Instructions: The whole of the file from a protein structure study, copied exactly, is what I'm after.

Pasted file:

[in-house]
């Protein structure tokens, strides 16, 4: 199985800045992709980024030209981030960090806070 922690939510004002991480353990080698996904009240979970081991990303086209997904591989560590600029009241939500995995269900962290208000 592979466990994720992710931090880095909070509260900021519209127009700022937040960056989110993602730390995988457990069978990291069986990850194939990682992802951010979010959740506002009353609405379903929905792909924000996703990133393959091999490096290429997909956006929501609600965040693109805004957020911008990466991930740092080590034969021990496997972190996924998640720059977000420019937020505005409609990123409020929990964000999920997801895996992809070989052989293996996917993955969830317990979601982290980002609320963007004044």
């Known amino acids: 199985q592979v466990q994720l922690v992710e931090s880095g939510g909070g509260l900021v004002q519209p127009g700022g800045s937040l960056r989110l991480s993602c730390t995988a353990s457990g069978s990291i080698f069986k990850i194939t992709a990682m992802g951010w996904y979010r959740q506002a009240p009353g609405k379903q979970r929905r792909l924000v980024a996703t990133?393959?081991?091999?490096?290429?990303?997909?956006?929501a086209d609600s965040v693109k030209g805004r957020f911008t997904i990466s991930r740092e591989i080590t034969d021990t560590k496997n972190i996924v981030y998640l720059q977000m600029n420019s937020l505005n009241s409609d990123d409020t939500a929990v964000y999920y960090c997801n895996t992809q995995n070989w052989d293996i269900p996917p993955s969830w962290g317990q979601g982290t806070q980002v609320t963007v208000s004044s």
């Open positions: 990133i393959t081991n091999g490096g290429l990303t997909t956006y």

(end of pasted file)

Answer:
[in-house]
């Protein structure tokens, strides 16, 4: 199985800045992709980024030209981030960090806070 922690939510004002991480353990080698996904009240979970081991990303086209997904591989560590600029009241939500995995269900962290208000 592979466990994720992710931090880095909070509260900021519209127009700022937040960056989110993602730390995988457990069978990291069986990850194939990682992802951010979010959740506002009353609405379903929905792909924000996703990133393959091999490096290429997909956006929501609600965040693109805004957020911008990466991930740092080590034969021990496997972190996924998640720059977000420019937020505005409609990123409020929990964000999920997801895996992809070989052989293996996917993955969830317990979601982290980002609320963007004044």
């Known amino acids: 199985q592979v466990q994720l922690v992710e931090s880095g939510g909070g509260l900021v004002q519209p127009g700022g800045s937040l960056r989110l991480s993602c730390t995988a353990s457990g069978s990291i080698f069986k990850i194939t992709a990682m992802g951010w996904y979010r959740q506002a009240p009353g609405k379903q979970r929905r792909l924000v980024a996703t990133?393959?081991?091999?490096?290429?990303?997909?956006?929501a086209d609600s965040v693109k030209g805004r957020f911008t997904i990466s991930r740092e591989i080590t034969d021990t560590k496997n972190i996924v981030y998640l720059q977000m600029n420019s937020l505005n009241s409609d990123d409020t939500a929990v964000y999920y960090c997801n895996t992809q995995n070989w052989d293996i269900p996917p993955s969830w962290g317990q979601g982290t806070q980002v609320t963007v208000s004044s």
């Open positions: 990133i393959t081991n091999g490096g290429l990303t997909t956006y």